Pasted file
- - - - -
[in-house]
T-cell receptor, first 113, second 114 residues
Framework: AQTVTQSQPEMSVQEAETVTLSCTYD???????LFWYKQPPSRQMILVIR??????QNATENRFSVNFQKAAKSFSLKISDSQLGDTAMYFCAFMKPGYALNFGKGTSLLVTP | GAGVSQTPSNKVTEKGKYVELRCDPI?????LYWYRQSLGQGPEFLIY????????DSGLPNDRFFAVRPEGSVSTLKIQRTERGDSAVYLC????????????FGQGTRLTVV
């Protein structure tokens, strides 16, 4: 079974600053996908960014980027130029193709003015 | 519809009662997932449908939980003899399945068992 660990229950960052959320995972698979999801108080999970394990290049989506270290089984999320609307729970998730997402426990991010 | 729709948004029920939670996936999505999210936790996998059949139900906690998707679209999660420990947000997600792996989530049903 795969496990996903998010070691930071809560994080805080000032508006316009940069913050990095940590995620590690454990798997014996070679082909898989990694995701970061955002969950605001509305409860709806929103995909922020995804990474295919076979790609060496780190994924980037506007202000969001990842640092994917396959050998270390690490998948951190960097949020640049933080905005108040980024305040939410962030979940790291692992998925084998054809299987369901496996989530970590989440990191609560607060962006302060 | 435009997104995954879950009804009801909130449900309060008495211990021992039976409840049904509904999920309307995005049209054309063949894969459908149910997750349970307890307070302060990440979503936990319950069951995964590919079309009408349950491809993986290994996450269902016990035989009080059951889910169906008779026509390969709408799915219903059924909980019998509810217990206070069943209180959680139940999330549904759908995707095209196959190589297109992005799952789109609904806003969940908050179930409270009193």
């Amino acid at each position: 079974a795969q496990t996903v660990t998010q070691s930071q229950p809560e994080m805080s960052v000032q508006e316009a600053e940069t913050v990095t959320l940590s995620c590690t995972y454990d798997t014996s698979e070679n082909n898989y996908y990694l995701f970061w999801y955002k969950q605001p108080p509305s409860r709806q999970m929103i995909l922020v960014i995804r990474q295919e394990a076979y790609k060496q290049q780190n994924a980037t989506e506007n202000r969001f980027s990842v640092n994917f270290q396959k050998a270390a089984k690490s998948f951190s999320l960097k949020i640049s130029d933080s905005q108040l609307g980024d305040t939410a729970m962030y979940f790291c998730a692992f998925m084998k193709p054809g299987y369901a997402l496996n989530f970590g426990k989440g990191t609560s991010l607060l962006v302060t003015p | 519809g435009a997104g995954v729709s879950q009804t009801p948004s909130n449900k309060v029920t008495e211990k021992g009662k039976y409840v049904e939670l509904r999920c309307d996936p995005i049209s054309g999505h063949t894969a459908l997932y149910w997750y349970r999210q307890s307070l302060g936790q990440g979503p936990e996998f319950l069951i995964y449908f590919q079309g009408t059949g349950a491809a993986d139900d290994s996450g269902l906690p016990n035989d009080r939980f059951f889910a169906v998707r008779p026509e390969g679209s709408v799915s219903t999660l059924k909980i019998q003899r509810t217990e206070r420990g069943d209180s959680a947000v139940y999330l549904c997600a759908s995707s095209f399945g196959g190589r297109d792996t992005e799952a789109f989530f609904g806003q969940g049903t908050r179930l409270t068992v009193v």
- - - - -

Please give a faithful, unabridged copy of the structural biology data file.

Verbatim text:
[in-house]
T-cell receptor, first 113, second 114 residues
Framework: AQTVTQSQPEMSVQEAETVTLSCTYD???????LFWYKQPPSRQMILVIR??????QNATENRFSVNFQKAAKSFSLKISDSQLGDTAMYFCAFMKPGYALNFGKGTSLLVTP | GAGVSQTPSNKVTEKGKYVELRCDPI?????LYWYRQSLGQGPEFLIY????????DSGLPNDRFFAVRPEGSVSTLKIQRTERGDSAVYLC????????????FGQGTRLTVV
């Protein structure tokens, strides 16, 4: 079974600053996908960014980027130029193709003015 | 519809009662997932449908939980003899399945068992 660990229950960052959320995972698979999801108080999970394990290049989506270290089984999320609307729970998730997402426990991010 | 729709948004029920939670996936999505999210936790996998059949139900906690998707679209999660420990947000997600792996989530049903 795969496990996903998010070691930071809560994080805080000032508006316009940069913050990095940590995620590690454990798997014996070679082909898989990694995701970061955002969950605001509305409860709806929103995909922020995804990474295919076979790609060496780190994924980037506007202000969001990842640092994917396959050998270390690490998948951190960097949020640049933080905005108040980024305040939410962030979940790291692992998925084998054809299987369901496996989530970590989440990191609560607060962006302060 | 435009997104995954879950009804009801909130449900309060008495211990021992039976409840049904509904999920309307995005049209054309063949894969459908149910997750349970307890307070302060990440979503936990319950069951995964590919079309009408349950491809993986290994996450269902016990035989009080059951889910169906008779026509390969709408799915219903059924909980019998509810217990206070069943209180959680139940999330549904759908995707095209196959190589297109992005799952789109609904806003969940908050179930409270009193």
């Amino acid at each position: 079974a795969q496990t996903v660990t998010q070691s930071q229950p809560e994080m805080s960052v000032q508006e316009a600053e940069t913050v990095t959320l940590s995620c590690t995972y454990d798997t014996s698979e070679n082909n898989y996908y990694l995701f970061w999801y955002k969950q605001p108080p509305s409860r709806q999970m929103i995909l922020v960014i995804r990474q295919e394990a076979y790609k060496q290049q780190n994924a980037t989506e506007n202000r969001f980027s990842v640092n994917f270290q396959k050998a270390a089984k690490s998948f951190s999320l960097k949020i640049s130029d933080s905005q108040l609307g980024d305040t939410a729970m962030y979940f790291c998730a692992f998925m084998k193709p054809g299987y369901a997402l496996n989530f970590g426990k989440g990191t609560s991010l607060l962006v302060t003015p | 519809g435009a997104g995954v729709s879950q009804t009801p948004s909130n449900k309060v029920t008495e211990k021992g009662k039976y409840v049904e939670l509904r999920c309307d996936p995005i049209s054309g999505h063949t894969a459908l997932y149910w997750y349970r999210q307890s307070l302060g936790q990440g979503p936990e996998f319950l069951i995964y449908f590919q079309g009408t059949g349950a491809a993986d139900d290994s996450g269902l906690p016990n035989d009080r939980f059951f889910a169906v998707r008779p026509e390969g679209s709408v799915s219903t999660l059924k909980i019998q003899r509810t217990e206070r420990g069943d209180s959680a947000v139940y999330l549904c997600a759908s995707s095209f399945g196959g190589r297109d792996t992005e799952a789109f989530f609904g806003q969940g049903t908050r179930l409270t068992v009193v």